With 347 résumés in the “Yes” pile, you decide to personally review that pile. Utilizing very strict criteria, you are able to reduce the number of résumés to 23. You assign your human resources clerk to screen all 23. This phone pre-screening process takes almost ten days, although, you are able to reduce the number of candidates for face-to-face interviews down to fifteen (15).

It may take another week to schedule a face-to-face interview with the vice president of marketing, the Decision Maker when it comes to filling this position. However, the vice president of marketing informs you in no uncertain terms that there is absolutely “no way” he has enough time to interview 15 candidates.

You are instructed to conduct face-to-face screening interviews yourself, and to reduce the number of finalists to no more than seven.

You are half way through the face-to-face screening interviews, when the vice president of marketing stops you in the hall one morning, and tells you he has already hired someone for this position. An in-house referral from another employee. You are instructed to review the benefit options with the newly hired e-marketing manager and to inform the finalists that the position has been filled.

In other words, all of the time and money you spent placing that ad, phone screening, and face-to-face interviewing was a waste of time.

So, the next time you answer a job ad on an internet job site, remember this scenario. It is not uncommon.

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The human resources director of a local San Diego company placed an opening on one of the internet job sites. The ad was placed for a three-week period. After approximately two and a half weeks, with four days left for the ad to run, the company had received more than 3,800 résumés, with more arriving each day.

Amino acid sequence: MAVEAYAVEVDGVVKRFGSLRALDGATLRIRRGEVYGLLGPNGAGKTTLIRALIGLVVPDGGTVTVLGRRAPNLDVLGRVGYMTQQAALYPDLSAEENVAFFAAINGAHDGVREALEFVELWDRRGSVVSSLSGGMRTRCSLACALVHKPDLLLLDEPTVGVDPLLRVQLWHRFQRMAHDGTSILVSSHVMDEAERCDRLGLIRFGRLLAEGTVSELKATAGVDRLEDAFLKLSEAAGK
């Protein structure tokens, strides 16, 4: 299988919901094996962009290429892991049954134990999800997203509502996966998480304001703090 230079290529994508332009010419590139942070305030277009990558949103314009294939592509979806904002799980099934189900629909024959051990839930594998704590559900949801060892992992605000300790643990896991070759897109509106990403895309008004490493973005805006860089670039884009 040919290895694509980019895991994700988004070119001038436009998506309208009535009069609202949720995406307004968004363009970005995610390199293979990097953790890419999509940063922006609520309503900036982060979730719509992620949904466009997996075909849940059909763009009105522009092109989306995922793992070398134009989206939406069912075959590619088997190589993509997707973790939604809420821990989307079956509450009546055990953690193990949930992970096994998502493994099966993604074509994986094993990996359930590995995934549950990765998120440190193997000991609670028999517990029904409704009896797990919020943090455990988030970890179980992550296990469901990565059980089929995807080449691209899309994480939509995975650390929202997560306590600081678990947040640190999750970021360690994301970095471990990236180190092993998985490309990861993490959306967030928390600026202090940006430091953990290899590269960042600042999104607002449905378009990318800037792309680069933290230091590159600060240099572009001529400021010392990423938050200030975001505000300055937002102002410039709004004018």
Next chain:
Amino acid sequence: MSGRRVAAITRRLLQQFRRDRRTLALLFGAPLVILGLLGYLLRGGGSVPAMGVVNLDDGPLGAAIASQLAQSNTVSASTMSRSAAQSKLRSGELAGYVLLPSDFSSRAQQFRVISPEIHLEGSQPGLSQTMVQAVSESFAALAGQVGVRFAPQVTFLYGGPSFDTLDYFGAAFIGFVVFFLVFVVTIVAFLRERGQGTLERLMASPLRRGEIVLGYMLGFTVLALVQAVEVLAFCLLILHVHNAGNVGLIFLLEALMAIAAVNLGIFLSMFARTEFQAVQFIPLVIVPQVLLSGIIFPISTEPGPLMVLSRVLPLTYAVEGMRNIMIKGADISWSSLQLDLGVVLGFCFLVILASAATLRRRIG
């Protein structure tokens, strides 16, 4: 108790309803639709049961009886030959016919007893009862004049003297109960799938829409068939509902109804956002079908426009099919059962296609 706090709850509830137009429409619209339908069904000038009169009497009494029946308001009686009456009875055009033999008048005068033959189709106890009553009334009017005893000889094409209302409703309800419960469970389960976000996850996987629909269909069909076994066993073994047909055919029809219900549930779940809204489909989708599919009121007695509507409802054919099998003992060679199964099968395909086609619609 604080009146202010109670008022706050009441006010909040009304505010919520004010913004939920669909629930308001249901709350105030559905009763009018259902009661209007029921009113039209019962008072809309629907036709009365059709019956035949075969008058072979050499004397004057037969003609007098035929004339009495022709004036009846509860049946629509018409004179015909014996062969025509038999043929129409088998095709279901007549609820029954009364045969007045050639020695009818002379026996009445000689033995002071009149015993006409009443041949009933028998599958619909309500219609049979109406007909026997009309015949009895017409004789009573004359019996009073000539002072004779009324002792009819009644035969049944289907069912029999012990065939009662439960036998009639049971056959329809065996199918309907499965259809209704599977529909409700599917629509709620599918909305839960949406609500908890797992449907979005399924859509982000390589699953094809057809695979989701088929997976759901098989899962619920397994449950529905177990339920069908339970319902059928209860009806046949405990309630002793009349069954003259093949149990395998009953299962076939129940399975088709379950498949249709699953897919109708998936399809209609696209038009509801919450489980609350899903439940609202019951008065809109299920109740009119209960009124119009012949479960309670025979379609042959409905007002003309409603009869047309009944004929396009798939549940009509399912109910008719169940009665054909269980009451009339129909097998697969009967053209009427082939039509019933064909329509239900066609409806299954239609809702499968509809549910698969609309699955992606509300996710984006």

And this scenario is repeated thousands of times each and every day across the nation.

Even if you are a perfect fit for this position, you have little chance of being recognized. One of the easiest job search methods is to answer ads on the internet job sites. One can spend all day, every day, on these sites and feel that one is conducting a hard-hitting job search. But answering ads on the internet job sites is what everyone is doing.

Are there jobs there? Yes. Should you ignore these jobs? No. But you’d be foolish to rely solely upon this method to find a job.

Put yourself in the mind of the human resources department of that company. If you have received those 3,800 résumés, what do you do? What are your problems? You have so many résumés, that one of your major challenges is to reduce the number of résumés to a manageable number. Say a dozen or so. What do you do with the rest of the résumés? There are so many résumés, and with your limited staff, you cannot take the time to send each candidate who sent a résumé an acknowledgement. You would like to, but you cannot.